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Page 38

Replacing a Hull

by Text and photographs by Nic Compton

One of the great virtues of plank-on-frame wooden boats is that their component parts can be more easily repaired than those in most modern monocoque structures. Over the years, I’ve seen everything from patches of rot being fixed with graving pieces to whole keels being replaced, and everything in between.

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Steve White
Page 48

The Remarkable Career of Steve White

by Tom Jackson

Even on a calm autumn morning, it’s hard to imagine that it was ever quiet at Brooklin Boat Yard. The yard has been a Maine boatbuilding institution since naval architect Joel White bought out his boatbuilding mentor, Arno Day, to found the business in 1960. Arno had found it all getting out of hand, too big, what with three employees in addition to himself and Joel. These days, the parking area fills in quickly in the morning with ten times that many boatbuilders, who nod their greetings as they arrive at work and the first machine noises inside break the morning stillness.

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Page 62


by Art Brendze · Photographs by Benjamin Mendlowitz

One calm summer morning in 2021, I awoke aboard my 33' lobster yacht, EASTWARD, riding peacefully to her mooring in the Benjamin River in Brooklin, Maine. I made coffee and commenced my morning survey of this beautiful harbor full of interesting wooden boats, both old and new.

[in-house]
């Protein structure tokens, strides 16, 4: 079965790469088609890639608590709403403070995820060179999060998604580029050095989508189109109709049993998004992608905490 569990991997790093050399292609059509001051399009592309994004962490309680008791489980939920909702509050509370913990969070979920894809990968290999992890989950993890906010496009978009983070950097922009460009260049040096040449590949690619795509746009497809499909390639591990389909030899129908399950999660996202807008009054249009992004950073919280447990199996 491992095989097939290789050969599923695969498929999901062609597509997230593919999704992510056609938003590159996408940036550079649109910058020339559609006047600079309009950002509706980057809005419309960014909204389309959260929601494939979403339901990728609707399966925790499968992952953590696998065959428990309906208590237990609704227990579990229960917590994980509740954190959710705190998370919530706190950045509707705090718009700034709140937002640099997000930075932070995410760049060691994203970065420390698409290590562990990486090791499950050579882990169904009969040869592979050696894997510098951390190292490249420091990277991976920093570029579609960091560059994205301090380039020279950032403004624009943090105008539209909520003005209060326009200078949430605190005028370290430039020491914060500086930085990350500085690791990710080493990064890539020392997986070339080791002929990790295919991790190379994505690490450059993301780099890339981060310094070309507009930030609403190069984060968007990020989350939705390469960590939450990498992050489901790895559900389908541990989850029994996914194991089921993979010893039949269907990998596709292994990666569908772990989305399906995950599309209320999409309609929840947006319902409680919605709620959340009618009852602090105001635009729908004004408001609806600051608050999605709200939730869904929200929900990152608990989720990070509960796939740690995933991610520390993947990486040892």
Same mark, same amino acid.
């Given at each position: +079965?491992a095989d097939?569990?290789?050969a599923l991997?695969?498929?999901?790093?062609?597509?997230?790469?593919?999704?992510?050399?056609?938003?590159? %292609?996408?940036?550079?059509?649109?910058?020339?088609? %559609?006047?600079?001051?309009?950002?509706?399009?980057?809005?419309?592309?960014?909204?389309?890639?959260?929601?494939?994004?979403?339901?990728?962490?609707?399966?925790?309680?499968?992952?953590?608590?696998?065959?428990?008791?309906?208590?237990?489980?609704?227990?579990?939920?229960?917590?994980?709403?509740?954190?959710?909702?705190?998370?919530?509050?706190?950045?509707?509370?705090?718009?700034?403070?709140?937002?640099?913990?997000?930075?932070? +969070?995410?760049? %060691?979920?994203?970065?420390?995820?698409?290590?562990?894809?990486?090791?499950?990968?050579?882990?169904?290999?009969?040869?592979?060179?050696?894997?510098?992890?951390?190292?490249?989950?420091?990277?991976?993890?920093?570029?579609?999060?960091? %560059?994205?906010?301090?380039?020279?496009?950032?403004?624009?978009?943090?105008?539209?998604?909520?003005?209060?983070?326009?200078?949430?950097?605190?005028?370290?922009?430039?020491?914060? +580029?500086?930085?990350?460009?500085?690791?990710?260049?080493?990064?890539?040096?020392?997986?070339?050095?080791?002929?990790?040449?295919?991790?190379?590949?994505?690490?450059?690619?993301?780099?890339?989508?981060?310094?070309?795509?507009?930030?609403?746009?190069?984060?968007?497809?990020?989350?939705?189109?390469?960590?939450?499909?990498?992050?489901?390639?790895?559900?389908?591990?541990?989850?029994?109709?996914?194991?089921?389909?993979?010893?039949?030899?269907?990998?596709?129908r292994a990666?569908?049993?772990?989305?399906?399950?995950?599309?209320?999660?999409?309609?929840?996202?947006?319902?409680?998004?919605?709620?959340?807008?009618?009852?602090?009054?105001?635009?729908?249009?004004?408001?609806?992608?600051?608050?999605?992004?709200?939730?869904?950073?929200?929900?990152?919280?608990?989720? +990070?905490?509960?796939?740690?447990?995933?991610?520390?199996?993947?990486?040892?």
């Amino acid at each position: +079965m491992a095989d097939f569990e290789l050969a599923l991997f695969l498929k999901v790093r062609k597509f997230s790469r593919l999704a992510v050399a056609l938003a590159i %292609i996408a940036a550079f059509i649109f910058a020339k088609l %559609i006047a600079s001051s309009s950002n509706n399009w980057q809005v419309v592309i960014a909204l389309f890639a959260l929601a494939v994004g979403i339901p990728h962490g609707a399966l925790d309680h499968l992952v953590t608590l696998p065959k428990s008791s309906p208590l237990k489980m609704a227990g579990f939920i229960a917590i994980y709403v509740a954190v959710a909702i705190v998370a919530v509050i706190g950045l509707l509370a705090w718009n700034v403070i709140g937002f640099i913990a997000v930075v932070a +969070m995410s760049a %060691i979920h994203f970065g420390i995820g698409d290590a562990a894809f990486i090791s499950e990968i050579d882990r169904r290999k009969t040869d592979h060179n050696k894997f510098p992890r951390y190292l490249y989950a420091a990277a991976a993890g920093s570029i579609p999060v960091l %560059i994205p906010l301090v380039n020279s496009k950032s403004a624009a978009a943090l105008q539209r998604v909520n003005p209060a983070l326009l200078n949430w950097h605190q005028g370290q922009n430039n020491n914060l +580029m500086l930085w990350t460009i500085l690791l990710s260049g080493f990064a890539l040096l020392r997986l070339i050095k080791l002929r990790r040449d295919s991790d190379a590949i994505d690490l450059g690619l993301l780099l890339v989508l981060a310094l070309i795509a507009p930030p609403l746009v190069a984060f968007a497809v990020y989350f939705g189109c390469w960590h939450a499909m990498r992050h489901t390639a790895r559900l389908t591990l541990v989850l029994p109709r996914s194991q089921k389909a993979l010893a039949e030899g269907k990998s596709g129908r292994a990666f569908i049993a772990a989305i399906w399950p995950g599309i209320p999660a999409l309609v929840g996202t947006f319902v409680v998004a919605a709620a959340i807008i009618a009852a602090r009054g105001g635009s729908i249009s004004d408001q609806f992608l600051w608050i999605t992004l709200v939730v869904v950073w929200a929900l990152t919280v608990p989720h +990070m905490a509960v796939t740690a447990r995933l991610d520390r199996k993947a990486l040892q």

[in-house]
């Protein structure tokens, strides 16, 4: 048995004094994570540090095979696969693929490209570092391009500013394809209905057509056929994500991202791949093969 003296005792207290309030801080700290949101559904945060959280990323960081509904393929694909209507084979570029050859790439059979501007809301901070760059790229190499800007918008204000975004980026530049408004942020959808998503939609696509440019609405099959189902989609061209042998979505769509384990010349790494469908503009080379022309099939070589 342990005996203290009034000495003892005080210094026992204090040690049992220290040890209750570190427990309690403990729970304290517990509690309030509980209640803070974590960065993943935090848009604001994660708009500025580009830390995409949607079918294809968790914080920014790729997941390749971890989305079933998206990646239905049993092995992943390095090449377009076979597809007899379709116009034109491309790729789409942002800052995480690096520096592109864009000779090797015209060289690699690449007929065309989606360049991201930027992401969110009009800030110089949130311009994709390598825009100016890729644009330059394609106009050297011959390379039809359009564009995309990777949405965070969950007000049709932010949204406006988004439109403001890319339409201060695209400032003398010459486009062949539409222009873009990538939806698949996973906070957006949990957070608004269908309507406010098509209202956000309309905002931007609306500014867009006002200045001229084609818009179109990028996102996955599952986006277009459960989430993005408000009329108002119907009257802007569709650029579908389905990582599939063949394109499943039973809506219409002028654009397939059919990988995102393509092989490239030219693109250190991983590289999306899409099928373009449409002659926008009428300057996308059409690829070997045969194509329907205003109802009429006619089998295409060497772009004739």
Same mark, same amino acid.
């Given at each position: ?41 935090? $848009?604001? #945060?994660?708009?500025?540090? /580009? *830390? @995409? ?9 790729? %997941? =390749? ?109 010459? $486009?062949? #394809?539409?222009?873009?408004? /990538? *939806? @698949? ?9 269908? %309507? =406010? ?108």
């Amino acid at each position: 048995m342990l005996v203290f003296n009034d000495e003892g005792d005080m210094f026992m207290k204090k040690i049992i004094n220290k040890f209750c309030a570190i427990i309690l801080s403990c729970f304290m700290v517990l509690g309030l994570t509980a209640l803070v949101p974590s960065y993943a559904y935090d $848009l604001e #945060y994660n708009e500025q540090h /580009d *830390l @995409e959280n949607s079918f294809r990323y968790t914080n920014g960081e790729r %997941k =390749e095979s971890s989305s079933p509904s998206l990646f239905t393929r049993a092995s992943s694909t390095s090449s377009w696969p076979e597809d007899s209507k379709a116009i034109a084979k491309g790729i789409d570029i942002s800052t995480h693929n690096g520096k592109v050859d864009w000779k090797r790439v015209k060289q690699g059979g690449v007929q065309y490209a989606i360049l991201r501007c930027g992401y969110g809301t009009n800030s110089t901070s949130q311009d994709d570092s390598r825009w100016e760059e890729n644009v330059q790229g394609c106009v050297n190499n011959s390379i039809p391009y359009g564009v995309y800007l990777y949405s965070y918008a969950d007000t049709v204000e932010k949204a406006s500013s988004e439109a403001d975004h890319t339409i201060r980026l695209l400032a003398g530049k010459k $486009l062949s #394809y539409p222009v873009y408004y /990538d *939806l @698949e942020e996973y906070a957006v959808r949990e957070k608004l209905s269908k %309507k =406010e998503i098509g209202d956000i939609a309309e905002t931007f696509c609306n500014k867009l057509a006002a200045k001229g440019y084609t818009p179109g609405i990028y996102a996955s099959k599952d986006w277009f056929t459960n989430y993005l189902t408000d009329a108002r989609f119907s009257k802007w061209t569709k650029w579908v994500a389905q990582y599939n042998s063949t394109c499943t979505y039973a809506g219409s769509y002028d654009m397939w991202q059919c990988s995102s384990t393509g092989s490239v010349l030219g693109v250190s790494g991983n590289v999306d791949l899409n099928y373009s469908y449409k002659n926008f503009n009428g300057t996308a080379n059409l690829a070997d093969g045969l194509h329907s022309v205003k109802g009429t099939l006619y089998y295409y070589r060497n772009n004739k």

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Page 74

In the Wake of a Classic

by Text and photographs by Jamey Hurley

In 2007, I finished building a Barrelback 19 to a Glen-L Boat Designs plan reminiscent of classic Chris-Craft runabouts. The boat, WANDERER III, turned out well—Glen-L even used a photo of it in their advertising—and I felt that the experience had prepared me for an even more ambitious challenge. Just as I was considering what that project might be, a friend gave me a copy of Classic Speedboats: 1915 to 1939 by Gerald Guitat (Bay View Books, 1997), which included a photograph of a boat called TYPHOON.

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Chain gauge
Page 82

Steam-Bending Frames at the Bench

by Reuben Smith • Illustrations by Jan Adkins

Years ago, in the midst of a difficult reframing job, I came across Barry Thomas’s excellent book, Building the Crosby Catboat. In it, Thomas describes his research into the Crosby method for fitting thick steam-bent frames into very tight bilges. He had had the good fortune to meet Horace Manley Crosby, Jr. aka “Bunk,” right when he needed him. Thomas tells of Bunk showing him and his team the tools and method for picking up the shape of a frame using a wooden chain-like “timber mold,” transferring the shape to a bending jig, and bending the frame away from the boat with the aid of a compression strap.

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From the Community



Sakonnet 23 for sale

Well maintained (Ballantine Boat Shop) early 2000s Joel White design sailboat. New sails.